This situation is guilty of that the bears are forced to seek food outside their territory and, in general, is there where comes the conflict with the surrounding communities, explained the biologist.

Ximena Velez-Liendo explains that the places where they are currently working have with the smaller towns and the lower densities of these bears. It is for this reason that the figures that are generated from the next year will be the first that can be used with safety to tell how many bears there are in the area.

The renowned biologist is considering using the same methodology to study the entire region of tropical forests of Bolivia. So you will have a more complete picture of the real situation of this endangered species.

THE PROBLEM and the solution

According to the biologist, the conflict between jaguars, spectacled bears, pumas and indigenous communities are a fundamental element of the research, so it is important to determine the attitude, perception and tolerance of the villagers with regard to the bears, andean and other large carnivores.

“Initially we want to see how the bears are affecting the people, but until now what we are seeing is that the puma is a predator more confrontational,” said Velez-Liendo.

“When one of these animals attack livestock and kill one, the people are angry and hunting as a form of retaliation for the loss. It is important to find out the total number of bears that inhabit the area, because people tell us that they kill one or two bears per year. But if we are talking of 15 different communities, it is necessary to determine if the number of bears killed affects negatively to the existence of this species,” says Velez-Liendo.

Rob Wallace, director of the Program of Landscaping of the Wildlife Conservation Society (WCS), argues that protected areas are important for the future of the bears of the andes.

“We will see if the use of these techniques improves the attitude of people towards predators. Engage people in the community from the beginning makes the project successful”, added Velez-Liendo.

However, there are many obstacles when it comes to keeping conservation in Bolivia, particularly in the bolivian Andes.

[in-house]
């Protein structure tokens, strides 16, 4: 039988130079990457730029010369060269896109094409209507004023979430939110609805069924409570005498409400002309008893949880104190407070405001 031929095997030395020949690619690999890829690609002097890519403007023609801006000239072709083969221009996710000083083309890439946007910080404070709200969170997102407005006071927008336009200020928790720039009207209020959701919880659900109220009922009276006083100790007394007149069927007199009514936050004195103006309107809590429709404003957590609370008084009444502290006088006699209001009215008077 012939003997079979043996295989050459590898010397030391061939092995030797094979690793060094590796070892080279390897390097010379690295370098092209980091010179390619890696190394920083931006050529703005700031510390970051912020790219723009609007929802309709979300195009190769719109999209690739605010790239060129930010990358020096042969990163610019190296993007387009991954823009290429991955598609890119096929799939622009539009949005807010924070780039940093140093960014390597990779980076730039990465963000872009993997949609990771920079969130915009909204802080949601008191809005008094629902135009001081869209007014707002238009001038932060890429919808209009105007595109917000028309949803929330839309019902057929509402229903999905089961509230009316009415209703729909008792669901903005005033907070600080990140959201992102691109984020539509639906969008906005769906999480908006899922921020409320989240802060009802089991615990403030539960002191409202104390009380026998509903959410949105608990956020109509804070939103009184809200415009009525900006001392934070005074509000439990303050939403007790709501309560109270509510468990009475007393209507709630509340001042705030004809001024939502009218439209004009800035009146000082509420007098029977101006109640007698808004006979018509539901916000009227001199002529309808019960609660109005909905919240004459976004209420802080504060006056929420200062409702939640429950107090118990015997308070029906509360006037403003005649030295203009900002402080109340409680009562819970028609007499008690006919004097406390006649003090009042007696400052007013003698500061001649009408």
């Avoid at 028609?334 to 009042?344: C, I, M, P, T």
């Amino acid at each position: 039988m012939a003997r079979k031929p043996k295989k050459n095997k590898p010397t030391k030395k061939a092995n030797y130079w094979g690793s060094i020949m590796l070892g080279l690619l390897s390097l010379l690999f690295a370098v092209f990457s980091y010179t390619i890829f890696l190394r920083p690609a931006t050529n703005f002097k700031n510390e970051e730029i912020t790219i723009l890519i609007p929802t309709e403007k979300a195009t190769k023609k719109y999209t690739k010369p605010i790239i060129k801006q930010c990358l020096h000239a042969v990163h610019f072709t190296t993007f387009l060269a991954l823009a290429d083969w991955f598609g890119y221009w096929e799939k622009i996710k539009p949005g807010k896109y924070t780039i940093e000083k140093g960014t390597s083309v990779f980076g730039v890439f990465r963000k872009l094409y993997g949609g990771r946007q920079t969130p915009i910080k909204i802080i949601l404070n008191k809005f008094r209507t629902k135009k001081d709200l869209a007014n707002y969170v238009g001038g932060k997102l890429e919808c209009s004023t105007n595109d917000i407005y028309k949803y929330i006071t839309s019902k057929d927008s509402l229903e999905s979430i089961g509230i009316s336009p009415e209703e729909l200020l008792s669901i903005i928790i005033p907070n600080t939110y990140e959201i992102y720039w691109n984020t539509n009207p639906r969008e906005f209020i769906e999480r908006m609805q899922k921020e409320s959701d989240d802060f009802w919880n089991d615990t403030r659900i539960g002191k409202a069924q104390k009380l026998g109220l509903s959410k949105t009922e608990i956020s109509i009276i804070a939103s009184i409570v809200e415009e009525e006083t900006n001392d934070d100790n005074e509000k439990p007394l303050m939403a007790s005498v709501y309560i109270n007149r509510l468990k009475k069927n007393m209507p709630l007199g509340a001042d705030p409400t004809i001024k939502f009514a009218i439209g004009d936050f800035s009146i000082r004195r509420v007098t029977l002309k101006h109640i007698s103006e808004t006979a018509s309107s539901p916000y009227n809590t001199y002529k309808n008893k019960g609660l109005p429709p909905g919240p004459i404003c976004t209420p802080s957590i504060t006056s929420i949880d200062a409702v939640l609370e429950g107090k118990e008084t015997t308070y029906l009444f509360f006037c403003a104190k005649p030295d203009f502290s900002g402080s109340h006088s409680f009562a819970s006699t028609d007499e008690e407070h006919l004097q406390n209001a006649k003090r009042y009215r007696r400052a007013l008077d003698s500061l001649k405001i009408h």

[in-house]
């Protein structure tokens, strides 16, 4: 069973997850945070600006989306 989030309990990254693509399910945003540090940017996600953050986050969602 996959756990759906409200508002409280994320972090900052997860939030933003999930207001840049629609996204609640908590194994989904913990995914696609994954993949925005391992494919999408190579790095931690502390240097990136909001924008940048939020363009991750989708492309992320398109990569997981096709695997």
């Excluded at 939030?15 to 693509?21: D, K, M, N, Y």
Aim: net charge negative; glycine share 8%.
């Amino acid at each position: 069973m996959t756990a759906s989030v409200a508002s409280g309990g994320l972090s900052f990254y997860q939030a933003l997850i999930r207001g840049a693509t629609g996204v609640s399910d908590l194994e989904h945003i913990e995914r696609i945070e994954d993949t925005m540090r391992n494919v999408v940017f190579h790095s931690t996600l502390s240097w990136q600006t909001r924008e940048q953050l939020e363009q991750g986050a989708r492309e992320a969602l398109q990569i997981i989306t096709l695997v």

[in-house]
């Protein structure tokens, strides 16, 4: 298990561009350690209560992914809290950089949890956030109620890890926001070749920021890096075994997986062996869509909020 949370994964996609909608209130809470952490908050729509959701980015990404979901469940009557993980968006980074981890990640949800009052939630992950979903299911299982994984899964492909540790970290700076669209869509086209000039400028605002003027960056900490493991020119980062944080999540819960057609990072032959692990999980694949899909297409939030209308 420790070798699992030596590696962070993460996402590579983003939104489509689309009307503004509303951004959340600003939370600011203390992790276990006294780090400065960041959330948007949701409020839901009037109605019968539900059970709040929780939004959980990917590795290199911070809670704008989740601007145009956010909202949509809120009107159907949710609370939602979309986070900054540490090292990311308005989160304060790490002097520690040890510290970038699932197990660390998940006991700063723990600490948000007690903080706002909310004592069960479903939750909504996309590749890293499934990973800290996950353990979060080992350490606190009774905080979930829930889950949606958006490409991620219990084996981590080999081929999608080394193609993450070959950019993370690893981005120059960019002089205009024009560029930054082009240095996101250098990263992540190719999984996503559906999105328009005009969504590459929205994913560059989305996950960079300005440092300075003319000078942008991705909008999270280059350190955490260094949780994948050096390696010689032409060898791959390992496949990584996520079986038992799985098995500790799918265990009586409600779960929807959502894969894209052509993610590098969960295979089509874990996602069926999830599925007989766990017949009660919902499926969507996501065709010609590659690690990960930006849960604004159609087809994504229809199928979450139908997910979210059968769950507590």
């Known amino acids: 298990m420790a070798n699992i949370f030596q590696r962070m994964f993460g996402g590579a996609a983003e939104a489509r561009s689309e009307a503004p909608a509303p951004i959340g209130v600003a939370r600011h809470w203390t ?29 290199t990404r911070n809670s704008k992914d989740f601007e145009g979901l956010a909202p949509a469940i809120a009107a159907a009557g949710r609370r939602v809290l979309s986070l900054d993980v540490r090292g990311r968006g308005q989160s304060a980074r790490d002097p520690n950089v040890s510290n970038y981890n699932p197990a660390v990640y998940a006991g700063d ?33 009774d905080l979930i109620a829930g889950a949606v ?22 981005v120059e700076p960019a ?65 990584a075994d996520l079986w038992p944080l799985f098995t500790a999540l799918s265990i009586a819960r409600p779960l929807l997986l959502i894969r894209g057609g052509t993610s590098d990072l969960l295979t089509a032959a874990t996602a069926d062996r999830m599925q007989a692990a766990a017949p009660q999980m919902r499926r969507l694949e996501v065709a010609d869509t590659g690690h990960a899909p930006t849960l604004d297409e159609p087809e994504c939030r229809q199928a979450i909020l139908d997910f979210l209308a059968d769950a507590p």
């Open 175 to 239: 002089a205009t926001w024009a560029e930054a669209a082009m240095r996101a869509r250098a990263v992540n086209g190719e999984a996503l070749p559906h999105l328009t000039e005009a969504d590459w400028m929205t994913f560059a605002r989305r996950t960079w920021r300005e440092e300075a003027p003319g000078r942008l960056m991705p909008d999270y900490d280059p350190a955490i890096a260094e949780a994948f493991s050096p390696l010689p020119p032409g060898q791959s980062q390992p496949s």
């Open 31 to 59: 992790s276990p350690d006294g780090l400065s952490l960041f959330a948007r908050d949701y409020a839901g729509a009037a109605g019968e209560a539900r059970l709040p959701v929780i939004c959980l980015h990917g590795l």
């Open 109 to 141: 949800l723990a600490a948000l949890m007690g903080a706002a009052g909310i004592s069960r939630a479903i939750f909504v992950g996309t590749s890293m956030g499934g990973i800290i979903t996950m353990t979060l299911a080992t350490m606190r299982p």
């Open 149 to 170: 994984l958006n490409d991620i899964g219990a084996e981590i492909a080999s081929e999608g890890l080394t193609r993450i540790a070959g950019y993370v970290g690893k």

Thanks to the prize won, Ximena Velez-Liendo will receive 35 thousand pounds sterling, equivalent to 45 thousand dollars; according to her, it will invest that amount in the execution of your project.

The bear jucumari

The Jucumari or andean bear is the only representative of the family of bears in South america. It is characterized by white spot or brown that covers his face, forming around the eyes a kind of eyeglasses clear, although the shape and amount of white or brown is variable. It is a solitary animal, sheltering in the trees or in natural caves. It feeds primarily on plant matter.

It is of medium size compared to other bears, measured between 1.30 and 1,90 m; it weighs on average between 80 and 125 kg, being the male bigger than the female. Their coloration is uniform black or brown blackish, with rough haired. Your ancestor is the spectacled bear of Florida (Tremarctos floridanus), who emigrated from the peninsula of Florida a million years ago.

There are some legends within the folklore andino, who claim that the Jucumari is a creature that is alerted with howls to the Incas when the guarani are coming. In the rest of the continent, the legend of the bear mind that this, whether male or female, he kidnaps a person, locks you in his cave and makes it to have their young.